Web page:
March 21st is a public holiday in South Africa, which means a day off for most people. As is human nature, we take the holiday for granted because we become to bogged down with how we’re going to spend the day.
March 21st is human rights day in South Africa and marks a very important event in the country’s history. On this day, in 1960 a large group of people converged on the police square in Sharpeville, Gauteng, to protest the law that black people had to carry passbooks. This oppressive law, which had been in place since former president and apartheid architect Hendrik Verwoed instilled it in 1950, was intended to control and restrict the movement of black people. Though the group collected peacefully, it doubled in numbers in a short space, which caused the armed police officers unease.
The police tried to break up the protestors through the means of teargas and their batons, but the group persevered. The mass of people were unarmed, though a number of people had thrown a couple of rocks at the armed police officers. Seemingly unprovoked, the police opened fire on the group. 69 people were killed that day, including 8 children and 10 women. 180 were injured, mostly being shot in the back as they were trying to flee.
The significance of this event, aside from the gross violation of a number of human rights, is that it sparked mass uproar and the weeks following were filled with endless protest and riots.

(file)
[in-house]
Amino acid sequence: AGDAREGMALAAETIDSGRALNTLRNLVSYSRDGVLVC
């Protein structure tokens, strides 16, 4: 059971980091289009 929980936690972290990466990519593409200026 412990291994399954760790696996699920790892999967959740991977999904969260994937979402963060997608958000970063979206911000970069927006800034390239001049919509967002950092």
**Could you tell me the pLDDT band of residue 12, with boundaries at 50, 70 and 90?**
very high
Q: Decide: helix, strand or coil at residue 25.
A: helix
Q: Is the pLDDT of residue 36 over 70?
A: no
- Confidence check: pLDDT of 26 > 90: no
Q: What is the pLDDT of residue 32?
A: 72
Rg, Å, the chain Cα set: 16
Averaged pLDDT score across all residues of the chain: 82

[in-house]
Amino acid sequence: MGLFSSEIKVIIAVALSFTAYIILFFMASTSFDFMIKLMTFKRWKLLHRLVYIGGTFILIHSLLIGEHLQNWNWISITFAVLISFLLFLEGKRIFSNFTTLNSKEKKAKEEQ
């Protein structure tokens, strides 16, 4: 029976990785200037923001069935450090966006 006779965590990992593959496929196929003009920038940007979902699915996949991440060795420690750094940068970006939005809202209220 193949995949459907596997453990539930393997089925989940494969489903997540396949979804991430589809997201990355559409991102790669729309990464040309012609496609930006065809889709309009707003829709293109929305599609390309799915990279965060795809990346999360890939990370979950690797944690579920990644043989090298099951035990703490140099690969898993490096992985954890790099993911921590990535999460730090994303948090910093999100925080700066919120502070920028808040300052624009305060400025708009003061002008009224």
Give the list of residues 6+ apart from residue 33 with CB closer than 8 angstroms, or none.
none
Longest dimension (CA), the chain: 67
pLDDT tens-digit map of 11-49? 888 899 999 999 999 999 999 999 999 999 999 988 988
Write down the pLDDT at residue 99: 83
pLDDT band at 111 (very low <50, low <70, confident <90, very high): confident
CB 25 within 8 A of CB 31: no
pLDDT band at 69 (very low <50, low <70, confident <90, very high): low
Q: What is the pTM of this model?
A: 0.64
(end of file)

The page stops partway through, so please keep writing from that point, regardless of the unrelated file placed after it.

When Nelson Mandela came to power, he marked the day as one to commemorated by South Africans, and signed the South African constitution into law at the Sharpeville site.
So, this year, if you’re looking to do something a little more in line with the spirit of the day, here are some events happening across the city.
Cerebral S1E4 – Braamfontein
Cerebral works to create a platform for young expressionists, and gives them environment to exhibit and share their art, ideas, merchandise and music with peers and industry alike. Like every celebration before it, this will be a celebration of some of the hard-fought freedoms that those who gave their lives 58 years ago allowed us all to enjoy.
All Iziko museums are free in honour the day, except for the Castle of Good Hope, Iziko Planetarium & Digital Dome and Groot Constantia. This means you can round the family up for a historical and visual tour of South Africa’s history.